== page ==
Ans 3. My personal assumption that marriage is part of an old creed or generation’s system of beliefs will impede my neutral reaction to the passage in question. Also, the necessity of having a traditional family in order to raise children and for society to progress is an outdated method of thinking. These will bias my understanding of the passage as well.
Ans 4. Marriage is an old institution and in most cultures it is the bedrock through which the institution of family is conceived and sustained. Lifelong marriages and their sustainability are greater in cultures that have a highly coherent social order. Social pressure is often the very cause that keeps two people together rather than their mutual love or respect for each other. In contrast, more modern methods of thinking and behavior that tend not to rely on religious teachings see marriage for life as a thing of the past. Instead, cohabitation or temporal marriage is considered enough to further society.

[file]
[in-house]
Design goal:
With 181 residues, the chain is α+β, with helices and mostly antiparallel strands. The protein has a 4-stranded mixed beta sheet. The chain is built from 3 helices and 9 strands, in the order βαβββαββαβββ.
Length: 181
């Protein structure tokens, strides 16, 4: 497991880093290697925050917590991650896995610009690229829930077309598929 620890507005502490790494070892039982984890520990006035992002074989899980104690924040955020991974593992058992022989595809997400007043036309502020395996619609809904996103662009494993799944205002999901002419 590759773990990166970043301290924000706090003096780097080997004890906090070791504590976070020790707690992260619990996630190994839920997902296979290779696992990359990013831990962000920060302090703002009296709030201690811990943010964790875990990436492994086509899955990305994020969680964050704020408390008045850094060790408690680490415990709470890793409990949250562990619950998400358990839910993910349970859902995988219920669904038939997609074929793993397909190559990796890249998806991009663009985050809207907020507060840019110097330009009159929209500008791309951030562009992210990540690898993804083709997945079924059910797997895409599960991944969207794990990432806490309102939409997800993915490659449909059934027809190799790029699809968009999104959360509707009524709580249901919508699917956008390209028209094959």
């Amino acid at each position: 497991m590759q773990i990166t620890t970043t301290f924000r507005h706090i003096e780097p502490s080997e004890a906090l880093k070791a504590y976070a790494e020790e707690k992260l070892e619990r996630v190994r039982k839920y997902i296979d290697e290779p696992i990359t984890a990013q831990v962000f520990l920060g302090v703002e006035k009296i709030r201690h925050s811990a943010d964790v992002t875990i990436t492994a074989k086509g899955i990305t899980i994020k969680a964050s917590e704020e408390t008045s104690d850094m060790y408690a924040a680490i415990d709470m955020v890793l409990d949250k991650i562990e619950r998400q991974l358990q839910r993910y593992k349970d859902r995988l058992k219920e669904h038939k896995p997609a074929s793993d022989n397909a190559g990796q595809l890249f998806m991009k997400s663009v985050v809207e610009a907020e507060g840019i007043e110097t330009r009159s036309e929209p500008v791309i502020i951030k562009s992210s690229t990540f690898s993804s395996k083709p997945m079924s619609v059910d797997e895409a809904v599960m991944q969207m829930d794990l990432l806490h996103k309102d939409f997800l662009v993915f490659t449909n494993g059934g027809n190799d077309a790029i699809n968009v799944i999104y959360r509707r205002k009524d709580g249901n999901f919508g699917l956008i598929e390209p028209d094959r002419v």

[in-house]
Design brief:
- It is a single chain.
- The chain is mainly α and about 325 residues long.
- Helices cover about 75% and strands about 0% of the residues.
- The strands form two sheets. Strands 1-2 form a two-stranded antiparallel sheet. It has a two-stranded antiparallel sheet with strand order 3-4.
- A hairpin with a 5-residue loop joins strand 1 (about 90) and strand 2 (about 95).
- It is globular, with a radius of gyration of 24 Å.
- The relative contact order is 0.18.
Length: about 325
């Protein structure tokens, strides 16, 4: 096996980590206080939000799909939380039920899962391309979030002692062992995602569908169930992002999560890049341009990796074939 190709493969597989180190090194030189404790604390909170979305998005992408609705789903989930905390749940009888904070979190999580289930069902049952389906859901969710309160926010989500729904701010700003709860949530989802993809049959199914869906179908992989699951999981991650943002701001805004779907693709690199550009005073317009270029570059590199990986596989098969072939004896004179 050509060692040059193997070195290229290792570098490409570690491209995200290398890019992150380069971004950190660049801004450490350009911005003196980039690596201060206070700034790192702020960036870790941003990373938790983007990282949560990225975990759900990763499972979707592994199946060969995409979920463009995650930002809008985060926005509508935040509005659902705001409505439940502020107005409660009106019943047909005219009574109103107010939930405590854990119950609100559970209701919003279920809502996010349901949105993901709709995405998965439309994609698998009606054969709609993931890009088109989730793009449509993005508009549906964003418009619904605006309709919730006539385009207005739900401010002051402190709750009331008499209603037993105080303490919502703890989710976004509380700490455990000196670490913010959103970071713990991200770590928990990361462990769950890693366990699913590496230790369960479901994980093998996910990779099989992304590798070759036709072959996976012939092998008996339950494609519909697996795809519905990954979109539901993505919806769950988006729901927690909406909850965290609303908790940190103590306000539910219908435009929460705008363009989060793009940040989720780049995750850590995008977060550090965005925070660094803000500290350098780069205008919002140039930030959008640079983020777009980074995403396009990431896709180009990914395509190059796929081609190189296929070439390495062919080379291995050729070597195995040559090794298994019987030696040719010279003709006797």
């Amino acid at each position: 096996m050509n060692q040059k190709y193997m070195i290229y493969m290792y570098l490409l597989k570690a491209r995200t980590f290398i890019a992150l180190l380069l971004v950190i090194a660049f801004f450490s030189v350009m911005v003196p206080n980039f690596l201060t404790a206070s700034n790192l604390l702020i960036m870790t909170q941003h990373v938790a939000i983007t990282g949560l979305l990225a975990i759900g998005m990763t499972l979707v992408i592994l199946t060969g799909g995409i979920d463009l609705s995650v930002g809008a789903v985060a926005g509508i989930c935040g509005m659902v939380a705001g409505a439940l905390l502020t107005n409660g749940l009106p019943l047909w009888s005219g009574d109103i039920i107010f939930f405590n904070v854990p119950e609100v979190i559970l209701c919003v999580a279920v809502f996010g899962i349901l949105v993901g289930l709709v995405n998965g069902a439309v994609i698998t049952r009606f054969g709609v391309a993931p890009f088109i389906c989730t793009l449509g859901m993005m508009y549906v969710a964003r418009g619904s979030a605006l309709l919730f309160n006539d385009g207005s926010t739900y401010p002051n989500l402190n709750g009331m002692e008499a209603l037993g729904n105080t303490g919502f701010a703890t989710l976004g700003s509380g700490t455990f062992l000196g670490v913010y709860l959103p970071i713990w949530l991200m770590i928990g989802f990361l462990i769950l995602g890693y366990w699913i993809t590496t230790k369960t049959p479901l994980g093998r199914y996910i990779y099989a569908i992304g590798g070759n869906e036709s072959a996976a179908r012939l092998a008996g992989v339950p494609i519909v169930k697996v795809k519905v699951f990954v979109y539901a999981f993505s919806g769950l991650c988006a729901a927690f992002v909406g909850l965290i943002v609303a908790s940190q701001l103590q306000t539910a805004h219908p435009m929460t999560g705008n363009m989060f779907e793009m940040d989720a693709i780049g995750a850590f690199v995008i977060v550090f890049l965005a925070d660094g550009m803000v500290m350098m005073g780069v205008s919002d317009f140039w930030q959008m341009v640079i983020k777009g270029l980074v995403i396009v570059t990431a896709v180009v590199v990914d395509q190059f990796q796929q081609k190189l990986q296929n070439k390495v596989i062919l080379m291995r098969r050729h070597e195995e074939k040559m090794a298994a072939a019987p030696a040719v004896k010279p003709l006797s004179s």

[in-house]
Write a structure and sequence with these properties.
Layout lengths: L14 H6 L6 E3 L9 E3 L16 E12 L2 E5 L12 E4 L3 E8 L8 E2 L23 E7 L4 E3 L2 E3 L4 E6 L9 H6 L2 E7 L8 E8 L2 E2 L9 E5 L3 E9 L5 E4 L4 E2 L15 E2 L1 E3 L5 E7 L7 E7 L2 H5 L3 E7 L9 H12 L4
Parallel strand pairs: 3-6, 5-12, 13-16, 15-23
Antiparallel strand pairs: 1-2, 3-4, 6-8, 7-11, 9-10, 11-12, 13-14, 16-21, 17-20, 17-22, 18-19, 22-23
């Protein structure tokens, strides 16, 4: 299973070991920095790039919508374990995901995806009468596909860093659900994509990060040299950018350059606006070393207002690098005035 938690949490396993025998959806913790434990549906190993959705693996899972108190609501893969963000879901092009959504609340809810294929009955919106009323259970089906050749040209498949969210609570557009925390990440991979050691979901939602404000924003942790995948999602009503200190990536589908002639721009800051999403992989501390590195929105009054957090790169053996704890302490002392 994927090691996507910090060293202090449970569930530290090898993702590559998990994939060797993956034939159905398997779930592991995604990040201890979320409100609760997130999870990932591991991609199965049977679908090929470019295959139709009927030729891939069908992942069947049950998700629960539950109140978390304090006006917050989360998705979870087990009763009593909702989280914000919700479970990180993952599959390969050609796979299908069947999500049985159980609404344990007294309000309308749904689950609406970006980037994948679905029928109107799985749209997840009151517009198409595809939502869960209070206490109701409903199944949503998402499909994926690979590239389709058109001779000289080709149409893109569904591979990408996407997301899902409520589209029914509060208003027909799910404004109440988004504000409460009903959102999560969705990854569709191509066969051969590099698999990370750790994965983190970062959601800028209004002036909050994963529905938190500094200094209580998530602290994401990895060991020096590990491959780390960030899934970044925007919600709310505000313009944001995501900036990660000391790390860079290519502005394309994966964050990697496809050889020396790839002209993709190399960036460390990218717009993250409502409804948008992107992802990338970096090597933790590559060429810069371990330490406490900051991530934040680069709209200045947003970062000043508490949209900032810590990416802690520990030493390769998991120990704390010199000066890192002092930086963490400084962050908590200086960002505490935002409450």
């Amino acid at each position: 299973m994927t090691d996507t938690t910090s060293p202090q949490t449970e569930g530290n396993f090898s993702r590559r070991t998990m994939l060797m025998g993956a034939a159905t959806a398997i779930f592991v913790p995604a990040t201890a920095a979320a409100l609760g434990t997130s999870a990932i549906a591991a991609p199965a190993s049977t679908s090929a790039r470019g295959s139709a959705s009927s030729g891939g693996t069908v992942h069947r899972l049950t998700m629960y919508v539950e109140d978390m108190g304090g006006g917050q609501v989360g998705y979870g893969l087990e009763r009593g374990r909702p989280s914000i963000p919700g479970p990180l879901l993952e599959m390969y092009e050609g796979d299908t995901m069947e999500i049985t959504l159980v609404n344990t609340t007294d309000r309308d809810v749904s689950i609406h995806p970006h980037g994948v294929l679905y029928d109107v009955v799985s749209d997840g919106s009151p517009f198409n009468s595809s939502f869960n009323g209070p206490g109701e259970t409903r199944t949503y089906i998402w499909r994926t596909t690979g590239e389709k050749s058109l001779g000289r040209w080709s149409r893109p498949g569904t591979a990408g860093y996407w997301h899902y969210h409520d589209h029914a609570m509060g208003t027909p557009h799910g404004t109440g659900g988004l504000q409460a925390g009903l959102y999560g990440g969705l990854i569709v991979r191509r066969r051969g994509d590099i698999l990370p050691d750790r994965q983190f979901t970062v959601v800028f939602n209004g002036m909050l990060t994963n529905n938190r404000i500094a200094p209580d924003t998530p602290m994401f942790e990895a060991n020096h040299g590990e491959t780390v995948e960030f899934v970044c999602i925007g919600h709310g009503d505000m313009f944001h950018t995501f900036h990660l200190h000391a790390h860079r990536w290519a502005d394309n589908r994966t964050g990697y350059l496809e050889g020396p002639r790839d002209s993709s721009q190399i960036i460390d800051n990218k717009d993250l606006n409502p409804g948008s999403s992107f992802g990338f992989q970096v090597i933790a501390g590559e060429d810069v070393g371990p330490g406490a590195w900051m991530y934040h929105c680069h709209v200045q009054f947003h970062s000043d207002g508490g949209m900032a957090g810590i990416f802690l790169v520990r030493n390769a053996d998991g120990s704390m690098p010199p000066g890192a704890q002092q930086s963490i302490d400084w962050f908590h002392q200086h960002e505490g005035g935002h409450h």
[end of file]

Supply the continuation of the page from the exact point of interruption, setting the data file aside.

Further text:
Ans 5. The argument advanced in the passage is too biased to a more orthodox perspective and so I disagree with it. The author presumes that marriage and long term families are the only real ways to progress society from one generation to the other but this may not be the only real method available. Modern trends in family structures are proving the same as well.
Ans 6. Social orders are a derivative of unique historical circumstances that give birth to them. While the orthodox view has been presented in the passage, the more modern approach is quite the opposite. The newer approach does not hold people down in a relationship without their consent through social pressure or other such